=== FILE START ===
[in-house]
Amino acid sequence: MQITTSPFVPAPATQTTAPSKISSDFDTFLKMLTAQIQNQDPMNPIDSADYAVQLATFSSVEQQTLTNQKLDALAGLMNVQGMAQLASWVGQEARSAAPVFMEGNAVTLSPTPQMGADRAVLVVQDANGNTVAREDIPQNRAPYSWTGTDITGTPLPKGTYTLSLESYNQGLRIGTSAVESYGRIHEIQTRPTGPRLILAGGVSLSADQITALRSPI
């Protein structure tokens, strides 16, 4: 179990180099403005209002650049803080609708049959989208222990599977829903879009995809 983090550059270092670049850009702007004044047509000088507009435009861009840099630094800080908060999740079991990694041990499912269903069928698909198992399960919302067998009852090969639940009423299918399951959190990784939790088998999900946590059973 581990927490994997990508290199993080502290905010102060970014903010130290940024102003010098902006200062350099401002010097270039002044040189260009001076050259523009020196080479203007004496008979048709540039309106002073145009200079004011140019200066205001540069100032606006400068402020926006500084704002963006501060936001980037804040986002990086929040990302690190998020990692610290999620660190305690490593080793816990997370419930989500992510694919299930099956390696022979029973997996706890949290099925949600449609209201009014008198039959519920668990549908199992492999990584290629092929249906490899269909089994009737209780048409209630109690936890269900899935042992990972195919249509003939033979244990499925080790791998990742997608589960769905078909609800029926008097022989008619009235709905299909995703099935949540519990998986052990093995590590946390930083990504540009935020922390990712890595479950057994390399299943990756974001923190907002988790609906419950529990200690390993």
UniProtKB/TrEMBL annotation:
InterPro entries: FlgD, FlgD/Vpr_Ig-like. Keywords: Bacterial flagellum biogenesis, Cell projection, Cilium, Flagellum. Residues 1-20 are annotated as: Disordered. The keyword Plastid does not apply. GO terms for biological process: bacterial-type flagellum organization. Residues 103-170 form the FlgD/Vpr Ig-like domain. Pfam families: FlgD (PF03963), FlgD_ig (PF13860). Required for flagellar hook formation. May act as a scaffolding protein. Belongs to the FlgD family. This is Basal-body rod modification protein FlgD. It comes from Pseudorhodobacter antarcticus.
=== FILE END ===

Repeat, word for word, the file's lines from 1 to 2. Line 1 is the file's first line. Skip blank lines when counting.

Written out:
[in-house]
Amino acid sequence: MQITTSPFVPAPATQTTAPSKISSDFDTFLKMLTAQIQNQDPMNPIDSADYAVQLATFSSVEQQTLTNQKLDALAGLMNVQGMAQLASWVGQEARSAAPVFMEGNAVTLSPTPQMGADRAVLVVQDANGNTVAREDIPQNRAPYSWTGTDITGTPLPKGTYTLSLESYNQGLRIGTSAVESYGRIHEIQTRPTGPRLILAGGVSLSADQITALRSPI